Additionally, the definition of our product under a specific category defines the competitors, against whose products ours will compete - as far as the customer is concerned. The potential customer can now choose from various options and decide where their money will go. The selection of the category will, to a great extent, impact their decision.
We should always aim to look for a category that we can lead.
If the product belongs to a market that still does not exist in the customer's mind, we have an opportunity to become the leader from the very beginning.
Golden Rule 4: The Value proposition
Find the value that will motivate the customer to purchase the product
What is the internal drive that will motivate the customer to purchase the product? The anticipated benefit from the product is reflected in how it is defined and presented to the customer. But now, you need to find the value that will motivate the customer to make the purchase.
People tend to get confused here, by linking technology and logic. Many think that the way to market a technology product is through rational arguments. However, reality proves otherwise. People make decisions through a combination of rationalization (logic), emotion (feelings), and intuition (gut feelings).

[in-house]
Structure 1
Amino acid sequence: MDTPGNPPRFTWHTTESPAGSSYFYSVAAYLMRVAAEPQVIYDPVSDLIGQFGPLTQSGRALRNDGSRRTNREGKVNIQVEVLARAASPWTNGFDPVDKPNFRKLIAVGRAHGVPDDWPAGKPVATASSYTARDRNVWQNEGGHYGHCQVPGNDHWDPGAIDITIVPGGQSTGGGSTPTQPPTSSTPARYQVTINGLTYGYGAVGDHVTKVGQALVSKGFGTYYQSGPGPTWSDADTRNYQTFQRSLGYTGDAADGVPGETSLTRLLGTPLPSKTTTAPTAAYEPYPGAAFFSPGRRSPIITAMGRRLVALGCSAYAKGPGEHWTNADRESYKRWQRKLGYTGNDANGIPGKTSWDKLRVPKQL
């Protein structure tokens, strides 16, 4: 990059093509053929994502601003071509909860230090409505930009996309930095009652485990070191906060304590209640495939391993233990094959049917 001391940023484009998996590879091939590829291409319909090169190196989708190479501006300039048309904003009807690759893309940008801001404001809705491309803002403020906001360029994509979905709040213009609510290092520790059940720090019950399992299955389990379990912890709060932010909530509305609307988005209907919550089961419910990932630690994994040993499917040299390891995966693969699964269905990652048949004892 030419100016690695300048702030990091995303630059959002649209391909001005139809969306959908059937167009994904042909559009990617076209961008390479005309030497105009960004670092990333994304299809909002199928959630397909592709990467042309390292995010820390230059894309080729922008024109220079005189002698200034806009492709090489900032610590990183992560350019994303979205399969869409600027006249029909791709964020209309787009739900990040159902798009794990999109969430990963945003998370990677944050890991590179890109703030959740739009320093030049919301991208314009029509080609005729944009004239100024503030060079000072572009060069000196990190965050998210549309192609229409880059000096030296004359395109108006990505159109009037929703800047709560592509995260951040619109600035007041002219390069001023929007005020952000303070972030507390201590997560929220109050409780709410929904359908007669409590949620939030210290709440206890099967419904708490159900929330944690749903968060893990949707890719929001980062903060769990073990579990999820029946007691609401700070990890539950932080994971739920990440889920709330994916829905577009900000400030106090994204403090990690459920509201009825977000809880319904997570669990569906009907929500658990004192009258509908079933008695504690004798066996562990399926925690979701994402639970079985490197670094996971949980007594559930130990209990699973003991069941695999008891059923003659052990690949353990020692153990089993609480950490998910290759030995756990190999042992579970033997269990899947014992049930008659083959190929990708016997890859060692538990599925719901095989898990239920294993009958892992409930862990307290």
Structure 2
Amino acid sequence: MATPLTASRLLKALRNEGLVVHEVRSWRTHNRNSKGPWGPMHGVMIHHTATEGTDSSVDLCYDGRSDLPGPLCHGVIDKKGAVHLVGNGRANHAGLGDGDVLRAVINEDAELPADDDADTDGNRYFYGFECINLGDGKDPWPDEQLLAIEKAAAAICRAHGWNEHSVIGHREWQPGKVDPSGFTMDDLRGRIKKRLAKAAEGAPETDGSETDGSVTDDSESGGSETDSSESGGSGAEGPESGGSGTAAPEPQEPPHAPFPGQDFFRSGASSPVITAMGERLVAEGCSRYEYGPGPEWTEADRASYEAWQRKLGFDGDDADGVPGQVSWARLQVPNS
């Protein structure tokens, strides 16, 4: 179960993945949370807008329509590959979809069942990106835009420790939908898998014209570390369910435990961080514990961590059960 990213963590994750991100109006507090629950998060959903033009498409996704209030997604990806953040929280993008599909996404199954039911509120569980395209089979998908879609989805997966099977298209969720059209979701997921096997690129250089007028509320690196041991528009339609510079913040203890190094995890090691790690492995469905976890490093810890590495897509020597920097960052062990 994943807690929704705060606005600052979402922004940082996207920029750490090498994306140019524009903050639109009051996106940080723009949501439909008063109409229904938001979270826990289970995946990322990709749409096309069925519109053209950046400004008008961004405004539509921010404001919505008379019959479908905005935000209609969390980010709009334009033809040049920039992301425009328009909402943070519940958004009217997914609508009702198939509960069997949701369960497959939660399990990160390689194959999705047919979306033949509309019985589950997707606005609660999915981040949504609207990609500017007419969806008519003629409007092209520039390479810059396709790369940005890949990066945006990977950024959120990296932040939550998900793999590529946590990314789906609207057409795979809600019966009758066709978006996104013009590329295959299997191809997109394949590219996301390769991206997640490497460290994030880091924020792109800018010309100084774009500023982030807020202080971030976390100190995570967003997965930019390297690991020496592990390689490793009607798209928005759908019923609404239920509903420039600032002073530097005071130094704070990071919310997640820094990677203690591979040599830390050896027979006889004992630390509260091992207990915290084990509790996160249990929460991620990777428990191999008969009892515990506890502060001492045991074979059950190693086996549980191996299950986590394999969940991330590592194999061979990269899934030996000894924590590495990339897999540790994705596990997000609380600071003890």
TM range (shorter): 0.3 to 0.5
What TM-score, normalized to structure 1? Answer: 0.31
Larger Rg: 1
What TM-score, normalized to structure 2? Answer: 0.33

Even the toughest CTOs of the most technologically advanced companies work according to motivations that include emotions, logic, and intuition. We need to find the value that will motivate the decision maker (private, business, or public customer), as quickly and powerfully as possible, to purchase our product.
These are the first 4 rules of Entrepreneurial Marketing. This is the foundation. Having these four stages right us Avery solid base for winning the market, the customers and the financial highest value and revenues.
In our weekly post next week we will cover the second part. The last four rules that will lead you to build your presence and leading brand positioning in the minds of your target audiences.
I look forward to your responses and thoughts.
Feel free to reach me at firstname.lastname@example.org